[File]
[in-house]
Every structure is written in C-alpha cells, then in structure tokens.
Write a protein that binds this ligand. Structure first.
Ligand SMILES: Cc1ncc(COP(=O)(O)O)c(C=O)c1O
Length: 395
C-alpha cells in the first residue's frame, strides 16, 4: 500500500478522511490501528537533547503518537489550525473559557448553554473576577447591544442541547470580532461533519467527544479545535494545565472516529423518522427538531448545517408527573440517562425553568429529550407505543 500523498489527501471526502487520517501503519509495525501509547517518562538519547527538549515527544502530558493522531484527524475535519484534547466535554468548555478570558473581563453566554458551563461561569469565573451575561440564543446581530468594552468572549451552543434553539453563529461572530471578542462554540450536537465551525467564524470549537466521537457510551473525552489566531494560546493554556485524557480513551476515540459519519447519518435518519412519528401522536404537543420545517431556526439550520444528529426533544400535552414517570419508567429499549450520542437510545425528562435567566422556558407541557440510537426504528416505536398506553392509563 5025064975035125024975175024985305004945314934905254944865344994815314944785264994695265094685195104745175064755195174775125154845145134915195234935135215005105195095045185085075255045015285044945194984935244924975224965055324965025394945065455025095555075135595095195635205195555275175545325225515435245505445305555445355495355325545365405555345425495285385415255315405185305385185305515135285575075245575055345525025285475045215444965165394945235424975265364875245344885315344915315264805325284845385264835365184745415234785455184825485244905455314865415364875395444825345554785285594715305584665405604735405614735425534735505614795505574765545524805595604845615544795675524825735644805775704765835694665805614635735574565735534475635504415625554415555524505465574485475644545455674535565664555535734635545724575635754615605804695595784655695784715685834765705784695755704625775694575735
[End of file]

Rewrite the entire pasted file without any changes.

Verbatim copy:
[in-house]
Every structure is written in C-alpha cells, then in structure tokens.
Write a protein that binds this ligand. Structure first.
Ligand SMILES: Cc1ncc(COP(=O)(O)O)c(C=O)c1O
Length: 395
C-alpha cells in the first residue's frame, strides 16, 4: 500500500478522511490501528537533547503518537489550525473559557448553554473576577447591544442541547470580532461533519467527544479545535494545565472516529423518522427538531448545517408527573440517562425553568429529550407505543 500523498489527501471526502487520517501503519509495525501509547517518562538519547527538549515527544502530558493522531484527524475535519484534547466535554468548555478570558473581563453566554458551563461561569469565573451575561440564543446581530468594552468572549451552543434553539453563529461572530471578542462554540450536537465551525467564524470549537466521537457510551473525552489566531494560546493554556485524557480513551476515540459519519447519518435518519412519528401522536404537543420545517431556526439550520444528529426533544400535552414517570419508567429499549450520542437510545425528562435567566422556558407541557440510537426504528416505536398506553392509563 5025064975035125024975175024985305004945314934905254944865344994815314944785264994695265094685195104745175064755195174775125154845145134915195234935135215005105195095045185085075255045015285044945194984935244924975224965055324965025394945065455025095555075135595095195635205195555275175545325225515435245505445305555445355495355325545365405555345425495285385415255315405185305385185305515135285575075245575055345525025285475045215444965165394945235424975265364875245344885315344915315264805325284845385264835365184745415234785455184825485244905455314865415364875395444825345554785285594715305584665405604735405614735425534735505614795505574765545524805595604845615544795675524825735644805775704765835694665805614635735574565735534475635504415625554415555524505465574485475644545455674535565664555535734635545724575635754615605804695595784655695784715685834765705784695755704625775694575735